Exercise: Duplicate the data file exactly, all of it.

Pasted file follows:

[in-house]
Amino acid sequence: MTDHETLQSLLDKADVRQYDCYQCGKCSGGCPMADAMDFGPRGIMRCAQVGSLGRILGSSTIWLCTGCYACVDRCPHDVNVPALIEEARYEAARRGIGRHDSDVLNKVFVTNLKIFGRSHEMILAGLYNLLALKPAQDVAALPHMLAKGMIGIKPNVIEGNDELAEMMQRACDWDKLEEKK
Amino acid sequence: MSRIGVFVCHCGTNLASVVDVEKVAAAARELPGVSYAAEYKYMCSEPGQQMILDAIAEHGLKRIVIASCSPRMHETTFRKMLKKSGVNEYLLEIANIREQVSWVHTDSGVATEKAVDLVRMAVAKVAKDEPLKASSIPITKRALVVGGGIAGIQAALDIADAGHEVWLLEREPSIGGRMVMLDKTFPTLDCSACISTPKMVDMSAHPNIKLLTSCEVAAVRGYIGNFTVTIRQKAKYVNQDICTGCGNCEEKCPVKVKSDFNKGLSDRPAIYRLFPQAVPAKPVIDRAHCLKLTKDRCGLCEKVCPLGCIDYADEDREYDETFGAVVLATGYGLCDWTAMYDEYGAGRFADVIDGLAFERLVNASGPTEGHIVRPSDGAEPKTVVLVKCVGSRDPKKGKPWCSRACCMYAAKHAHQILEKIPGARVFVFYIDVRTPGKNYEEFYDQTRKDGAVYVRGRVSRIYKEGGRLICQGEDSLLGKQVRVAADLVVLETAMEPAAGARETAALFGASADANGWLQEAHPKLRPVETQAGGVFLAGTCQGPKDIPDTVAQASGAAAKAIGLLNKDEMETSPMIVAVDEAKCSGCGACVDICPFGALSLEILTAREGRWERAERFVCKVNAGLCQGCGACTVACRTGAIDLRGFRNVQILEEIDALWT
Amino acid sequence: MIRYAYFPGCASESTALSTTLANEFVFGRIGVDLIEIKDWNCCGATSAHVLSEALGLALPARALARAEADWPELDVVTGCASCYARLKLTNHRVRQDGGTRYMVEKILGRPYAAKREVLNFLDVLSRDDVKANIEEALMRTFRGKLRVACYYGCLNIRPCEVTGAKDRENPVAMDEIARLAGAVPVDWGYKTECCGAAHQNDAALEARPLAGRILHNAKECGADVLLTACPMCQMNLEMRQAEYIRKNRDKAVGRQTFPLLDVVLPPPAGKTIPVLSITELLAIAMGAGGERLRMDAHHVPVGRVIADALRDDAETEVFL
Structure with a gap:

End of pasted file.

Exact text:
[in-house]
Amino acid sequence: MTDHETLQSLLDKADVRQYDCYQCGKCSGGCPMADAMDFGPRGIMRCAQVGSLGRILGSSTIWLCTGCYACVDRCPHDVNVPALIEEARYEAARRGIGRHDSDVLNKVFVTNLKIFGRSHEMILAGLYNLLALKPAQDVAALPHMLAKGMIGIKPNVIEGNDELAEMMQRACDWDKLEEKK
Amino acid sequence: MSRIGVFVCHCGTNLASVVDVEKVAAAARELPGVSYAAEYKYMCSEPGQQMILDAIAEHGLKRIVIASCSPRMHETTFRKMLKKSGVNEYLLEIANIREQVSWVHTDSGVATEKAVDLVRMAVAKVAKDEPLKASSIPITKRALVVGGGIAGIQAALDIADAGHEVWLLEREPSIGGRMVMLDKTFPTLDCSACISTPKMVDMSAHPNIKLLTSCEVAAVRGYIGNFTVTIRQKAKYVNQDICTGCGNCEEKCPVKVKSDFNKGLSDRPAIYRLFPQAVPAKPVIDRAHCLKLTKDRCGLCEKVCPLGCIDYADEDREYDETFGAVVLATGYGLCDWTAMYDEYGAGRFADVIDGLAFERLVNASGPTEGHIVRPSDGAEPKTVVLVKCVGSRDPKKGKPWCSRACCMYAAKHAHQILEKIPGARVFVFYIDVRTPGKNYEEFYDQTRKDGAVYVRGRVSRIYKEGGRLICQGEDSLLGKQVRVAADLVVLETAMEPAAGARETAALFGASADANGWLQEAHPKLRPVETQAGGVFLAGTCQGPKDIPDTVAQASGAAAKAIGLLNKDEMETSPMIVAVDEAKCSGCGACVDICPFGALSLEILTAREGRWERAERFVCKVNAGLCQGCGACTVACRTGAIDLRGFRNVQILEEIDALWT
Amino acid sequence: MIRYAYFPGCASESTALSTTLANEFVFGRIGVDLIEIKDWNCCGATSAHVLSEALGLALPARALARAEADWPELDVVTGCASCYARLKLTNHRVRQDGGTRYMVEKILGRPYAAKREVLNFLDVLSRDDVKANIEEALMRTFRGKLRVACYYGCLNIRPCEVTGAKDRENPVAMDEIARLAGAVPVDWGYKTECCGAAHQNDAALEARPLAGRILHNAKECGADVLLTACPMCQMNLEMRQAEYIRKNRDKAVGRQTFPLLDVVLPPPAGKTIPVLSITELLAIAMGAGGERLRMDAHHVPVGRVIADALRDDAETEVFL
Structure with a gap: